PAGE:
Should You Let Your Child Win at Family Games?

Everyone likes to be the winner in a competition and family games is no exception. Adults as well as children want to collect the most play money or find the best hiding spot. Most adults have learned to enjoy the game whether they win or lose, but children often find losing extremely disappointing if not humiliating. As a result, protective parents may let their little ones “win” whenever possible. Who hasn’t pretended that they can’t find a small child hiding in plain sight? Or fumbled the ball so your little baseball player can make it to first? The trouble begins when you always let your child win, even as they reach school age. This behavior might seem like a kindness, but it may be reinforcing some negative behaviors. Everyone has to lose sometime.

Letting Kids Win

Letting tiny children win at games just makes sense. The little ones don’t have the skill to compete, and being constantly defeated only makes them feel powerless. Plus, they may decide to avoid playing with you at all costs and hang out with the dog instead.

However, as your child grows older, they need to experience losing. Experts note that around age five, children start to be competitive and compare their performance to others. Those who win all the time do not learn how to “persevere” in the face of defeat. Winning that comes too easy leaves them unprepared for life. If they find school a challenge, they may simply give up.

In addition, when you constantly lose to your child, they may begin to see you as inept. They need to know you are an intelligent, fully functioning adult who is capable of buying Boardwalk without going bankrupt. Otherwise, they may doubt your ability to care for them properly.

Giving Children a Little Help

That’s not to say that you can’t make accommodations for your child. After all, they are not as strong, fast, or coordinated as you are, so they need a little help like getting a head start in a race or being able to pitch closer to home plate. In board games, your child can use some help counting and a little extra time to make their move. Maybe even some hints or suggestions for getting the correct answer. Giving them aid is different than letting them win. “Leveling the playing field” is just being fair.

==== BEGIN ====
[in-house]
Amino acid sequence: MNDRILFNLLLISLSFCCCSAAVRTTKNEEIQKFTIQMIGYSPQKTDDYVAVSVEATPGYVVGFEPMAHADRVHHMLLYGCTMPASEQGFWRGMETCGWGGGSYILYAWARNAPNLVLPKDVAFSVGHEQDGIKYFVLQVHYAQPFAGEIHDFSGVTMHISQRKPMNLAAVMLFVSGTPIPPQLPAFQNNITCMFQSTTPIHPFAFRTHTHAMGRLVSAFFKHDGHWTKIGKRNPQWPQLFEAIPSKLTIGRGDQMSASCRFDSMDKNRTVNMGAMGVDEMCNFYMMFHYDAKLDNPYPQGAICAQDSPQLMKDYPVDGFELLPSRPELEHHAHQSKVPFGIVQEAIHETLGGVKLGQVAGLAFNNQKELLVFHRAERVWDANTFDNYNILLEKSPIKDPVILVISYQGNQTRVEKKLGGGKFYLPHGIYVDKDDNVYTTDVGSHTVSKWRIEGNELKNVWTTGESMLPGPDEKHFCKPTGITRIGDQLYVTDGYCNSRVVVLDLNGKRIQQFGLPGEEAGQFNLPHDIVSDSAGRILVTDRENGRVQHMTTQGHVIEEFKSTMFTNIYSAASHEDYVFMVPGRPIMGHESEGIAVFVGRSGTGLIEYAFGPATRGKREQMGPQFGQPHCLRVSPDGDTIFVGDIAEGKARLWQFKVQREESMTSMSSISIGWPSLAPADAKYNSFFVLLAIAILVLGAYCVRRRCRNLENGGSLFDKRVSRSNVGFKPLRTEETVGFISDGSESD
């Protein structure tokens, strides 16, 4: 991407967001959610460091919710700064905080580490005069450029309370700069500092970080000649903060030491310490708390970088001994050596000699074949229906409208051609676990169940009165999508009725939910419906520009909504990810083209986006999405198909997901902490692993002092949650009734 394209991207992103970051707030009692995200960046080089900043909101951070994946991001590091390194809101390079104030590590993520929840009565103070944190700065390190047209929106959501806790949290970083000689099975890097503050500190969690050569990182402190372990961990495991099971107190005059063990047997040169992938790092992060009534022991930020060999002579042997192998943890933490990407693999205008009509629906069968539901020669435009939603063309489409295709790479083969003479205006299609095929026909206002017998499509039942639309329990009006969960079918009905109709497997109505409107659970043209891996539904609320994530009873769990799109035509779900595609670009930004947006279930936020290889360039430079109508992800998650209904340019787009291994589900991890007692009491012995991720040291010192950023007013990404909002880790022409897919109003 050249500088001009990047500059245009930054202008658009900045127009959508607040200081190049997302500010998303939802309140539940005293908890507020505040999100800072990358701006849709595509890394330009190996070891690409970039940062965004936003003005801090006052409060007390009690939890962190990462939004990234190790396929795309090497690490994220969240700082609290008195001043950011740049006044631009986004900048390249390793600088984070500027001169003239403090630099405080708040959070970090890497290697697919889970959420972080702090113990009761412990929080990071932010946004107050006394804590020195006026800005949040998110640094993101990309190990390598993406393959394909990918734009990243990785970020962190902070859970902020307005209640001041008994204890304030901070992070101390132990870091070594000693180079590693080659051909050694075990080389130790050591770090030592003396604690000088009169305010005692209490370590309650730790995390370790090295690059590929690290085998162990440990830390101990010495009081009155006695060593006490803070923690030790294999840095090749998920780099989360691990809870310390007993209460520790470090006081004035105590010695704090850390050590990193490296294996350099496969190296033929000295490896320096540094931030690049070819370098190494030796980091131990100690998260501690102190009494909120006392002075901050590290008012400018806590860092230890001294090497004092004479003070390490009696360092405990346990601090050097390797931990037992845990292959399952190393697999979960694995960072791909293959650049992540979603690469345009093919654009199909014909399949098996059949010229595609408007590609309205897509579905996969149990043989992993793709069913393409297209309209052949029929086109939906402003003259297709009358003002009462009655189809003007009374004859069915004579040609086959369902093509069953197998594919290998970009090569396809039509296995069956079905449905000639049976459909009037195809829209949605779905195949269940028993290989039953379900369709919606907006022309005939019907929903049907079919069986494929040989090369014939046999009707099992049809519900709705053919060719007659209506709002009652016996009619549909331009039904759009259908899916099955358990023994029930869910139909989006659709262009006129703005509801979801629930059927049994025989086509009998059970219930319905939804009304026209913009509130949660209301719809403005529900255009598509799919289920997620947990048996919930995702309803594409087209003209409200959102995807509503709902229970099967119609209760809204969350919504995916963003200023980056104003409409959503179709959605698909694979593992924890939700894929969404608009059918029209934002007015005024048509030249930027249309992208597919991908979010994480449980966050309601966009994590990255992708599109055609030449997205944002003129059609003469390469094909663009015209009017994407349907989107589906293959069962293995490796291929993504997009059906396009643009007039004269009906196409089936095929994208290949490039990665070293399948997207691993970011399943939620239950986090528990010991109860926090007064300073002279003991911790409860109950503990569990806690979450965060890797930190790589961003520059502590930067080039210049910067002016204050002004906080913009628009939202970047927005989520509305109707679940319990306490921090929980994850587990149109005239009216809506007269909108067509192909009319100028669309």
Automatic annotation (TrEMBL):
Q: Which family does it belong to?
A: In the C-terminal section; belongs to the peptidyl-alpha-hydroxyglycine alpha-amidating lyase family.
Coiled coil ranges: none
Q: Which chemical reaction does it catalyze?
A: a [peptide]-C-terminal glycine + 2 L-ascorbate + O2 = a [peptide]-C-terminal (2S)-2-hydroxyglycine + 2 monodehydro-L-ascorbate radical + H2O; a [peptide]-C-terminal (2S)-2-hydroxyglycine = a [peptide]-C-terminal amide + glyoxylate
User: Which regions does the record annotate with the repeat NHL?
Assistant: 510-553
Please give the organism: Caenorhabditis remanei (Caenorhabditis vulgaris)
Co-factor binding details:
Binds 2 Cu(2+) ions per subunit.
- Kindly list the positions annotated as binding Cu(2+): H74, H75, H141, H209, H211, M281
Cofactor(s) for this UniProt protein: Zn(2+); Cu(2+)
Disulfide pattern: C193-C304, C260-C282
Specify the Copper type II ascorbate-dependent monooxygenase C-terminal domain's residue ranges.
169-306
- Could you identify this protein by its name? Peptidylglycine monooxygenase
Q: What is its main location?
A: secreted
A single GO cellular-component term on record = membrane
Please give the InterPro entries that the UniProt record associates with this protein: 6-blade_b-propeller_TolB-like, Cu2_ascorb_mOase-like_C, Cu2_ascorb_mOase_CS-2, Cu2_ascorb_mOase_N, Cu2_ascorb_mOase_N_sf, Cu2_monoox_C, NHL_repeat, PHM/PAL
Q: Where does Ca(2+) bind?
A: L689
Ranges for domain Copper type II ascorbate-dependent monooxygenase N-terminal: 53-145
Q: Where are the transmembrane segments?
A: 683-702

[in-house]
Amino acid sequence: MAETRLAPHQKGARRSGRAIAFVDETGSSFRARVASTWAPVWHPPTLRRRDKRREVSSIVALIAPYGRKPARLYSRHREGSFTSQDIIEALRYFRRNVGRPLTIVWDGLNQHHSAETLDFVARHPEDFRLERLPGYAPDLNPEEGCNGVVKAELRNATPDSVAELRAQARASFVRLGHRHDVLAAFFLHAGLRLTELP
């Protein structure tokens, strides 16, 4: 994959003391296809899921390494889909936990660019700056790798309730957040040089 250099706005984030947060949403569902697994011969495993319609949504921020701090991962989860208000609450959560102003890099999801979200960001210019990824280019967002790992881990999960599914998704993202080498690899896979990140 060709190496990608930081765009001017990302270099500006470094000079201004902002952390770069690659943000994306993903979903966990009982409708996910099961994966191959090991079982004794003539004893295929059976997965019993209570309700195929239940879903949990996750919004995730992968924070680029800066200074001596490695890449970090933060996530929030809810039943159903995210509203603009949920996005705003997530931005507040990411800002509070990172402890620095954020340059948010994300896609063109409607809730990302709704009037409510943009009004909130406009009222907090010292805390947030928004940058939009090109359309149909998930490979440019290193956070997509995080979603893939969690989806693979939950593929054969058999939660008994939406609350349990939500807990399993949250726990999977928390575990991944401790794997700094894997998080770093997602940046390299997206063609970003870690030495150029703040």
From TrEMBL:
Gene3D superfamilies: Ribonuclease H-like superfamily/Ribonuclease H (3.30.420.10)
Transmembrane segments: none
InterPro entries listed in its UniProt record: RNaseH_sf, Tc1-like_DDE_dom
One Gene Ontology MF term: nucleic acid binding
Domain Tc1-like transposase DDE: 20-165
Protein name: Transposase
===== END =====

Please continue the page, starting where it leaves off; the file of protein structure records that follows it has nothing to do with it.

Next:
It’s also important that children enjoy some victories in these competitions. Children who are constantly defeated in family games may stop trying because they believe losing is inevitable. These kids may become chronic underachievers. Children who know how to win, and to lose, are more likely to be prepared for school and other challenges.

Teaching Children How to Lose

You can teach your child how to lose gracefully and not let losing affect their self-esteem. First, you should model good sportsmanship. You should also lose well, and not just in family games. When you are defeated, avoid making excuses and criticizing the winner. When you win, behave yourself as well. If you show disdain for losers, your child will be afraid of defeat.

Also, focus on your child’s performance. Praise any improvements they make as well as their effort. Do not give in to their temper tantrums, and do not let them violate the rules in order to win.

You certainly do not want to trounce a two-year-old in a foot race or spike the volleyball on a four-year-old. But you do need to strike a balance between winning and losing. As your child grows, begin competing with them in earnest. When Mommy and Daddy win sometimes, your child will be better adjusted and have a more realistic view of the world.

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